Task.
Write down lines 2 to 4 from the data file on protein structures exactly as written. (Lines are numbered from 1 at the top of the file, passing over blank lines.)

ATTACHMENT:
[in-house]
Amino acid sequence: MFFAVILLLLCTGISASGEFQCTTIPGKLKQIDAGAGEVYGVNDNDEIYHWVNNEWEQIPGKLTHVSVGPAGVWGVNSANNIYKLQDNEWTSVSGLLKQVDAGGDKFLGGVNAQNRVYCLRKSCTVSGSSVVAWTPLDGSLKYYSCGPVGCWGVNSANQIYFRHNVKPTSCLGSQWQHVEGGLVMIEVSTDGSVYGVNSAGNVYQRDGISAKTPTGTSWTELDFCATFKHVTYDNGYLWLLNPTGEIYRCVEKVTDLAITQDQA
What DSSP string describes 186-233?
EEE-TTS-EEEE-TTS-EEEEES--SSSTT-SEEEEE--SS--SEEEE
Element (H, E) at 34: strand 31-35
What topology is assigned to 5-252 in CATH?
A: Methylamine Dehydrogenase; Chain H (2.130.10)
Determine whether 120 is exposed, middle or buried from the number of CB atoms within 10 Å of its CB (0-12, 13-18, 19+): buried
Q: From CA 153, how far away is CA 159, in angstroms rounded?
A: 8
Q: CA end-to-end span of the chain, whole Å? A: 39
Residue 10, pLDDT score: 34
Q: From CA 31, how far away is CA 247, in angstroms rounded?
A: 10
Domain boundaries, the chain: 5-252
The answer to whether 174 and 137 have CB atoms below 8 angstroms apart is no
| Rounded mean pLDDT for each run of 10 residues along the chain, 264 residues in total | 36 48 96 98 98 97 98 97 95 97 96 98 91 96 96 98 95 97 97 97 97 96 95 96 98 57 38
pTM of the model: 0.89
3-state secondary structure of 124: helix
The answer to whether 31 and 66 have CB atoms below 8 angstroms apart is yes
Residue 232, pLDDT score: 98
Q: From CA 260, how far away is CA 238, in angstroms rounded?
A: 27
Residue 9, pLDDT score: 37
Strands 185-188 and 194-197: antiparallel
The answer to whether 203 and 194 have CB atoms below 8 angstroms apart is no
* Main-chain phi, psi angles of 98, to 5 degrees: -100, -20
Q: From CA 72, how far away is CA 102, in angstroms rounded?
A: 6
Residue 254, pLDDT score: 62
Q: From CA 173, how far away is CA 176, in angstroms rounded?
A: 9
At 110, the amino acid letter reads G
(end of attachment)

Amino acid sequence: MFFAVILLLLCTGISASGEFQCTTIPGKLKQIDAGAGEVYGVNDNDEIYHWVNNEWEQIPGKLTHVSVGPAGVWGVNSANNIYKLQDNEWTSVSGLLKQVDAGGDKFLGGVNAQNRVYCLRKSCTVSGSSVVAWTPLDGSLKYYSCGPVGCWGVNSANQIYFRHNVKPTSCLGSQWQHVEGGLVMIEVSTDGSVYGVNSAGNVYQRDGISAKTPTGTSWTELDFCATFKHVTYDNGYLWLLNPTGEIYRCVEKVTDLAITQDQA
What DSSP string describes 186-233?
EEE-TTS-EEEE-TTS-EEEEES--SSSTT-SEEEEE--SS--SEEEE